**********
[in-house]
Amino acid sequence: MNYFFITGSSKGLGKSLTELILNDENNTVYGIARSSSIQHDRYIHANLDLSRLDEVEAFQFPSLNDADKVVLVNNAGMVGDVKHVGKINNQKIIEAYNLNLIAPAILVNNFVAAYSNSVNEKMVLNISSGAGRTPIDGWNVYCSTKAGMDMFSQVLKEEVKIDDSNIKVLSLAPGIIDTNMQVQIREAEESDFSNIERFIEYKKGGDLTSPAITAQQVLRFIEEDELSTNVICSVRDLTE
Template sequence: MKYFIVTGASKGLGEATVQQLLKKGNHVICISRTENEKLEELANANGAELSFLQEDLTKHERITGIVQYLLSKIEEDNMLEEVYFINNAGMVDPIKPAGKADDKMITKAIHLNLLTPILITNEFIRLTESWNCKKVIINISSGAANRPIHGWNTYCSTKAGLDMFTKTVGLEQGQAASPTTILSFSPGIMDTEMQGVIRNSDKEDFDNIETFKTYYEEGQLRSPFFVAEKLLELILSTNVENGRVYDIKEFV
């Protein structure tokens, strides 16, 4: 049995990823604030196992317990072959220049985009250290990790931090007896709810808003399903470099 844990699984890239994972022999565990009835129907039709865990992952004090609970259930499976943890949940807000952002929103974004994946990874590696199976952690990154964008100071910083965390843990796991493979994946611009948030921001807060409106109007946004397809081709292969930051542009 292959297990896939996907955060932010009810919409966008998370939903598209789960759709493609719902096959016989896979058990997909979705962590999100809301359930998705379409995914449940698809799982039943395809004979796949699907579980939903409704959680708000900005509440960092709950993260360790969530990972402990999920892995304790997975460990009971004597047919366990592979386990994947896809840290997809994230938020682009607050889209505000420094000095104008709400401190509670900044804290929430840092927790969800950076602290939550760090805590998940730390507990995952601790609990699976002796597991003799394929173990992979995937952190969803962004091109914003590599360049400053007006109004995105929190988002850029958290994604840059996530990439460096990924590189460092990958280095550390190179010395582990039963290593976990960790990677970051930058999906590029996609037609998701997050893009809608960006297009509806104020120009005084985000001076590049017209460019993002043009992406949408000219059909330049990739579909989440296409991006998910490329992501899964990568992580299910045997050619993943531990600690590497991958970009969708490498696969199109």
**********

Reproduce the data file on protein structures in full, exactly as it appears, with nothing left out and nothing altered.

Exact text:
[in-house]
Amino acid sequence: MNYFFITGSSKGLGKSLTELILNDENNTVYGIARSSSIQHDRYIHANLDLSRLDEVEAFQFPSLNDADKVVLVNNAGMVGDVKHVGKINNQKIIEAYNLNLIAPAILVNNFVAAYSNSVNEKMVLNISSGAGRTPIDGWNVYCSTKAGMDMFSQVLKEEVKIDDSNIKVLSLAPGIIDTNMQVQIREAEESDFSNIERFIEYKKGGDLTSPAITAQQVLRFIEEDELSTNVICSVRDLTE
Template sequence: MKYFIVTGASKGLGEATVQQLLKKGNHVICISRTENEKLEELANANGAELSFLQEDLTKHERITGIVQYLLSKIEEDNMLEEVYFINNAGMVDPIKPAGKADDKMITKAIHLNLLTPILITNEFIRLTESWNCKKVIINISSGAANRPIHGWNTYCSTKAGLDMFTKTVGLEQGQAASPTTILSFSPGIMDTEMQGVIRNSDKEDFDNIETFKTYYEEGQLRSPFFVAEKLLELILSTNVENGRVYDIKEFV
């Protein structure tokens, strides 16, 4: 049995990823604030196992317990072959220049985009250290990790931090007896709810808003399903470099 844990699984890239994972022999565990009835129907039709865990992952004090609970259930499976943890949940807000952002929103974004994946990874590696199976952690990154964008100071910083965390843990796991493979994946611009948030921001807060409106109007946004397809081709292969930051542009 292959297990896939996907955060932010009810919409966008998370939903598209789960759709493609719902096959016989896979058990997909979705962590999100809301359930998705379409995914449940698809799982039943395809004979796949699907579980939903409704959680708000900005509440960092709950993260360790969530990972402990999920892995304790997975460990009971004597047919366990592979386990994947896809840290997809994230938020682009607050889209505000420094000095104008709400401190509670900044804290929430840092927790969800950076602290939550760090805590998940730390507990995952601790609990699976002796597991003799394929173990992979995937952190969803962004091109914003590599360049400053007006109004995105929190988002850029958290994604840059996530990439460096990924590189460092990958280095550390190179010395582990039963290593976990960790990677970051930058999906590029996609037609998701997050893009809608960006297009509806104020120009005084985000001076590049017209460019993002043009992406949408000219059909330049990739579909989440296409991006998910490329992501899964990568992580299910045997050619993943531990600690590497991958970009969708490498696969199109």